[14] The magnetic field generated by the lithosphere at satellite altitude, is the gradient of a scalar potential (**B** = −∇**V**(θ, ϕ, **r**, **t**)). The potential itself is given in terms of (*L* + 1)(2*L* + 1) functions *F*_{ij}^{L}(θ, ϕ, *r*):

where the functions *F*_{ij}^{L}(θ, ϕ, *r*) are defined by:

where *f*_{l} ≠ 0, *r* ≥ *a*, and *a* = 6371.2 km is the traditional magnetic reference radius. All the functions *F*_{ij}^{L}(θ, ϕ, *r*) have the same basic shape and are symmetric relative to the vector pointing from the coordinate system origin in the direction (θ_{i},ϕ_{j}) of their centre. Their centre positions are given by:

where *x*_{i} is the *i*th zero of the Legendre polynomial *P*_{L+1}(*x*). The *Y*_{l}^{m}(θ, ϕ) are the usual Schmidt semi-normalized spherical harmonics; Negative orders (*m* < 0) are associated with sin (*m* θ) terms, whereas zero or positive orders (*m* ≥ 0) are associated with cos (*m* θ) terms. The *f*_{l} in equation (2) are optimised such that the gradient of the functions *F*_{ij}^{L}(θ, ϕ, *r*) decreases as rapidly as possible with the angular distance from their centre. Figure 1 shows the calculated *f*_{l} values for a maximum SH degree 90. Also shown, in Figure 2, is the amplitude of the gradient of *F*_{ij}^{L}(θ, ϕ, *r*) as a function of the angular distance from its centre. Any scalar potential given by equation (1) can be modelled in terms of SH with the usual equation

Conversely, because (2*l* + 1)(*l* + 1) functions with their centres defined in equations (3) and (4) are used, any scalar potential given by equation (5) can be parameterised as in equation (1). By equating equations (1) and (5), using the function definitions in equation (2), multiplying both sides by (θ, ϕ) and integrating over the sphere, it is straightforward to find the relation giving the Gauss coefficients as a function of the _{ij} at the reference radius:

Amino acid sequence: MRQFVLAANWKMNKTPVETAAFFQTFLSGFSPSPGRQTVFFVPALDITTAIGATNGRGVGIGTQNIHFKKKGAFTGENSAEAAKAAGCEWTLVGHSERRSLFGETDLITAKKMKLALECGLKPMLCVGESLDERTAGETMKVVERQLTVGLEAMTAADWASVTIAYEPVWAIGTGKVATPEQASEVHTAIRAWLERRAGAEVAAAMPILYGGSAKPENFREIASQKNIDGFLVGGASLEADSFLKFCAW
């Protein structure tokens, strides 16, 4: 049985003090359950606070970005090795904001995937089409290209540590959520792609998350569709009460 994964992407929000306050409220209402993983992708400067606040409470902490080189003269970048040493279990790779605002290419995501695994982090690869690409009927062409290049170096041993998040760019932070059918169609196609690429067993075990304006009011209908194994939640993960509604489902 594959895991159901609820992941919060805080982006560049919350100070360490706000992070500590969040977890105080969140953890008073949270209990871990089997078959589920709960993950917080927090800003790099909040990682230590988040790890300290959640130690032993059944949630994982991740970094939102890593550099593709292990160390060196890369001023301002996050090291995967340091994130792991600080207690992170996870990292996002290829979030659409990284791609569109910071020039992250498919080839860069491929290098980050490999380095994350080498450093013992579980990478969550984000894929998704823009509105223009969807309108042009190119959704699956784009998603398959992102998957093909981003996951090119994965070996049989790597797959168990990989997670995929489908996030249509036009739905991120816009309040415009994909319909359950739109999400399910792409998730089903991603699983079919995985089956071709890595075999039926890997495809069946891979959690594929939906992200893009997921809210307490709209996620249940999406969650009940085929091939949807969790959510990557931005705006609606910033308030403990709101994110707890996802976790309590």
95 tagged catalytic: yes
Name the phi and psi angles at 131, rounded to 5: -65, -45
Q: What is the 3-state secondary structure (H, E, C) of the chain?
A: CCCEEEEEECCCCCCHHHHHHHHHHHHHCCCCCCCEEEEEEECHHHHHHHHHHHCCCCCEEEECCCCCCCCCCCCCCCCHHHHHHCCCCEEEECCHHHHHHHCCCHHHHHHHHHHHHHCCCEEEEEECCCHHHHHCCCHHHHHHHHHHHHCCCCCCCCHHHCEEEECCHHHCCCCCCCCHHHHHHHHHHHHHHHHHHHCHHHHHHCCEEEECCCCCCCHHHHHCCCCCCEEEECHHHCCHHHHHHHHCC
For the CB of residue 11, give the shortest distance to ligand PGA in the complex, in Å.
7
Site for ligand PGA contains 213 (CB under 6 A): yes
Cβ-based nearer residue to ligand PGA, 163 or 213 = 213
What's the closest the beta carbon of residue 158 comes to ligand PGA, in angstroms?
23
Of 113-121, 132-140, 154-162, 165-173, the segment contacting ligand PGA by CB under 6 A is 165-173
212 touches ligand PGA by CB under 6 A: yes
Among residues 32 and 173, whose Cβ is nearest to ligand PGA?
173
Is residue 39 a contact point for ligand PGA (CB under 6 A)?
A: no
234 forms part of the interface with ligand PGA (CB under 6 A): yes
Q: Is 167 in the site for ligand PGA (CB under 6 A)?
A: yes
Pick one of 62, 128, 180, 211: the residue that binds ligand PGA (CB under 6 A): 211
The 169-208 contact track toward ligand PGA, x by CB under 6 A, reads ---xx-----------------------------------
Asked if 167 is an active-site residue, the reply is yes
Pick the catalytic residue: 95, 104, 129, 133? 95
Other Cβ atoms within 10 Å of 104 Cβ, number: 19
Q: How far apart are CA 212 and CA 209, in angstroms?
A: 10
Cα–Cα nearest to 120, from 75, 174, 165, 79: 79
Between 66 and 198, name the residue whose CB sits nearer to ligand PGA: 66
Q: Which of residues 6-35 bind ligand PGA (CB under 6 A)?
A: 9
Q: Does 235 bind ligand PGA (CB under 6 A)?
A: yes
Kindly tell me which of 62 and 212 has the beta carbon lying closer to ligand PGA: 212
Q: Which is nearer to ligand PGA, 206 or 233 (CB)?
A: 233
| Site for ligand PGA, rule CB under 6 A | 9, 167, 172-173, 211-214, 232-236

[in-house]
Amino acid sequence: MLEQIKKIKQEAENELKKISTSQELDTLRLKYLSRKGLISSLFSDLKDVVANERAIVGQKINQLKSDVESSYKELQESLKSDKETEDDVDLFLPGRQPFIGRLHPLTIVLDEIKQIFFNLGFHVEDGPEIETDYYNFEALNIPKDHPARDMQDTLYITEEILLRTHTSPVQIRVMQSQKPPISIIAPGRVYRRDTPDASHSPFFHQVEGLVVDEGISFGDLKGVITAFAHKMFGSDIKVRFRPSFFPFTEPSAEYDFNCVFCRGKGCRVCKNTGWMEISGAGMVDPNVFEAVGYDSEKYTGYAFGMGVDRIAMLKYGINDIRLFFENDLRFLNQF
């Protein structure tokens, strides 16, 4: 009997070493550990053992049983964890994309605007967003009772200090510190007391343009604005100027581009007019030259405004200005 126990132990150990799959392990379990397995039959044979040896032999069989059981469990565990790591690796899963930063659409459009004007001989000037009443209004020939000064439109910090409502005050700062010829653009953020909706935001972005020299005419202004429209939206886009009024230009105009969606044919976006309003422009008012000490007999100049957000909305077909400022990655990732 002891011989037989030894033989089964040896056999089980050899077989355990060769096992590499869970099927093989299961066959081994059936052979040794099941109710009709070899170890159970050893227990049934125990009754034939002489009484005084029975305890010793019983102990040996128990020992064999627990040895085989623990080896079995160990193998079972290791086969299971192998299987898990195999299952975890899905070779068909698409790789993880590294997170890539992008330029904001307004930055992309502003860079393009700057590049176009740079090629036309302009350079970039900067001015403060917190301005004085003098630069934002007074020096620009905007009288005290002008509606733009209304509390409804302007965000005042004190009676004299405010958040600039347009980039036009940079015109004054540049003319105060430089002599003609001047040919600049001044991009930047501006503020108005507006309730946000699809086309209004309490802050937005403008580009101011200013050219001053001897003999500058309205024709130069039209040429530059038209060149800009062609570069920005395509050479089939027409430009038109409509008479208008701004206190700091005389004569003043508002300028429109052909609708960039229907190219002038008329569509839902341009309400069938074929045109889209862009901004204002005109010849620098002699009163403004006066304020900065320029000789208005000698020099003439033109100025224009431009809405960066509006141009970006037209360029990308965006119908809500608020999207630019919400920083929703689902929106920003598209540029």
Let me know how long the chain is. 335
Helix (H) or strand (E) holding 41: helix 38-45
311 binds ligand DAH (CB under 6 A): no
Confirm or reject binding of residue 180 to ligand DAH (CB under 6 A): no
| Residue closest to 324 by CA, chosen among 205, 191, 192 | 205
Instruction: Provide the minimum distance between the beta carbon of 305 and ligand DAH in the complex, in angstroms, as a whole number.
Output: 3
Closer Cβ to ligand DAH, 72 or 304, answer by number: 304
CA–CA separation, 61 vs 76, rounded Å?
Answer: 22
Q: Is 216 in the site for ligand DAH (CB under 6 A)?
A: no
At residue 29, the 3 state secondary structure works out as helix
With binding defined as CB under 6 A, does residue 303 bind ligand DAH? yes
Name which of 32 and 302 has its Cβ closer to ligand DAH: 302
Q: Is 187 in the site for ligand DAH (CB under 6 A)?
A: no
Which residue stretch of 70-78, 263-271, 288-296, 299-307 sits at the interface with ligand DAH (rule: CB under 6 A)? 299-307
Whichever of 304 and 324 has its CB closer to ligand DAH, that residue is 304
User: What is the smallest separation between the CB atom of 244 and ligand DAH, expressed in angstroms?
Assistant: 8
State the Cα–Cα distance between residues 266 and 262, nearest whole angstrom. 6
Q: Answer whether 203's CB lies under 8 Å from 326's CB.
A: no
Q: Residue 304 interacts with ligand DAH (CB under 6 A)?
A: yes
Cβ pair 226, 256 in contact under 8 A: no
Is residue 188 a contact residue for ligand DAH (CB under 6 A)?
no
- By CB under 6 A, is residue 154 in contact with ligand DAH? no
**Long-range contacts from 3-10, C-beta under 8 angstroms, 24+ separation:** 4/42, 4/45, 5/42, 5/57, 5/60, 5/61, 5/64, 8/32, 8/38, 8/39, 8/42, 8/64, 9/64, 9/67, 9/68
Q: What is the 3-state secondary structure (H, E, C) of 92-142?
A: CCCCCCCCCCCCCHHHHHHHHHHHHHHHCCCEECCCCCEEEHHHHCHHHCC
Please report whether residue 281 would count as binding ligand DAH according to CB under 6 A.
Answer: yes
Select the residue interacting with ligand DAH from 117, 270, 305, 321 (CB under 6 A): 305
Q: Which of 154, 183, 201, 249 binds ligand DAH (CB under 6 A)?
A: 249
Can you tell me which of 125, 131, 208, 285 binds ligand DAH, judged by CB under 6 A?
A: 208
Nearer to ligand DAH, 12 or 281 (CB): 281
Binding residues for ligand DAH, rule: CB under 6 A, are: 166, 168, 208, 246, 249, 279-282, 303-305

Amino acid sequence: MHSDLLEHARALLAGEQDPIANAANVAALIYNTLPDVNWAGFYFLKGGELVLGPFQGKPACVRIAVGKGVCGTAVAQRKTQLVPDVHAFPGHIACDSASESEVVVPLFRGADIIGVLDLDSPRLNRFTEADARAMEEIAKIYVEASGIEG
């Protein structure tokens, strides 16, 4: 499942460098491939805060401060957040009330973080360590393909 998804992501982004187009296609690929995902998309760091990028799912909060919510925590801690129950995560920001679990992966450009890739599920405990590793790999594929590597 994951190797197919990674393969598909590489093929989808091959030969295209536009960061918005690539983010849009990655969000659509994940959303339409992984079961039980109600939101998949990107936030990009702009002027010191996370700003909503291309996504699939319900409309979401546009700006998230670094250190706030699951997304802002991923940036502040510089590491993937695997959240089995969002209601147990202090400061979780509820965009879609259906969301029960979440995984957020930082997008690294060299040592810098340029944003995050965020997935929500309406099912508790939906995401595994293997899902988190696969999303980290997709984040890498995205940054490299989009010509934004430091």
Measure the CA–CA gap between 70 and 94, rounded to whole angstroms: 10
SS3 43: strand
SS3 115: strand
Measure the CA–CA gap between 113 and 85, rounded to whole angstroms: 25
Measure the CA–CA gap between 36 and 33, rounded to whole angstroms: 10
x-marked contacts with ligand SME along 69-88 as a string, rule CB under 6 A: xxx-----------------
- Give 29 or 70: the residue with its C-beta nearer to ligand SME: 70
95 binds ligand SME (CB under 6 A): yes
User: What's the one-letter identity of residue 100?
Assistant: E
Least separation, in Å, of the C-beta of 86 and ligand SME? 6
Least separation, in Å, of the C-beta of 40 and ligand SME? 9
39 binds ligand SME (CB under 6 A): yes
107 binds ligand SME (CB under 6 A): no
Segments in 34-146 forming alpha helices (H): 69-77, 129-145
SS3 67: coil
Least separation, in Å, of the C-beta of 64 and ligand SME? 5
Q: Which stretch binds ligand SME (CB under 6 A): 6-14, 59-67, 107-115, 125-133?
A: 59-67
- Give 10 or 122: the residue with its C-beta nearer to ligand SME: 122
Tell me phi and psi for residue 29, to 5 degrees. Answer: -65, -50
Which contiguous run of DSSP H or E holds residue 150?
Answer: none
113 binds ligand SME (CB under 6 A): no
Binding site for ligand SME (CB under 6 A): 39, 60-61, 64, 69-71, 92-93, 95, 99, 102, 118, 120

The transformation inverse (i.e., a formula giving a possible set of _{ij} as a function of the Gauss coefficients) is presented by *Lesur* [2006]. For a given potential *V*(θ, ϕ, *r*), there is more than one possible set of coefficients _{ij}(*t*). This is simply because (*L* + 1)(2*L* + 1) functions are needed to parameterise the potential in equation (1) whereas only *L*(*L* + 2) spherical harmonics are needed in equation (5). Clearly, some sort of regularisation has to be introduced to find the _{ij} in equation (1) from a set of magnetic measurements. We usually seek the minimum norm solution by removing zero eigenvalues and the associated eigenvector of the normal equation matrix.